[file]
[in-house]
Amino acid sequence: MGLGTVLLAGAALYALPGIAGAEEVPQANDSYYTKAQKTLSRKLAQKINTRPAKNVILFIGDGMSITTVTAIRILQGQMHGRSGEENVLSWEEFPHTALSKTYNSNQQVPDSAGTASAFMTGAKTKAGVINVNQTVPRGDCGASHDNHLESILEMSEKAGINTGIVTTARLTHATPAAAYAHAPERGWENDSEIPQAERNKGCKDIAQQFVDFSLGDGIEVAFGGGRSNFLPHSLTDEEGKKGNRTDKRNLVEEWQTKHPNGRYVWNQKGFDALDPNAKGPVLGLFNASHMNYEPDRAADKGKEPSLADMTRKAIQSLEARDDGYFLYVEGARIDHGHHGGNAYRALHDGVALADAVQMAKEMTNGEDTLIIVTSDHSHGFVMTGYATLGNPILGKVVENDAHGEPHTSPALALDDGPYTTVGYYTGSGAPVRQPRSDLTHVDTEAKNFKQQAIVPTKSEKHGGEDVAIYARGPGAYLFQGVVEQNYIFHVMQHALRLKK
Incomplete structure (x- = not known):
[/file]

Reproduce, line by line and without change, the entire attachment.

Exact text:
[in-house]
Amino acid sequence: MGLGTVLLAGAALYALPGIAGAEEVPQANDSYYTKAQKTLSRKLAQKINTRPAKNVILFIGDGMSITTVTAIRILQGQMHGRSGEENVLSWEEFPHTALSKTYNSNQQVPDSAGTASAFMTGAKTKAGVINVNQTVPRGDCGASHDNHLESILEMSEKAGINTGIVTTARLTHATPAAAYAHAPERGWENDSEIPQAERNKGCKDIAQQFVDFSLGDGIEVAFGGGRSNFLPHSLTDEEGKKGNRTDKRNLVEEWQTKHPNGRYVWNQKGFDALDPNAKGPVLGLFNASHMNYEPDRAADKGKEPSLADMTRKAIQSLEARDDGYFLYVEGARIDHGHHGGNAYRALHDGVALADAVQMAKEMTNGEDTLIIVTSDHSHGFVMTGYATLGNPILGKVVENDAHGEPHTSPALALDDGPYTTVGYYTGSGAPVRQPRSDLTHVDTEAKNFKQQAIVPTKSEKHGGEDVAIYARGPGAYLFQGVVEQNYIFHVMQHALRLKK
Incomplete structure (x- = not known):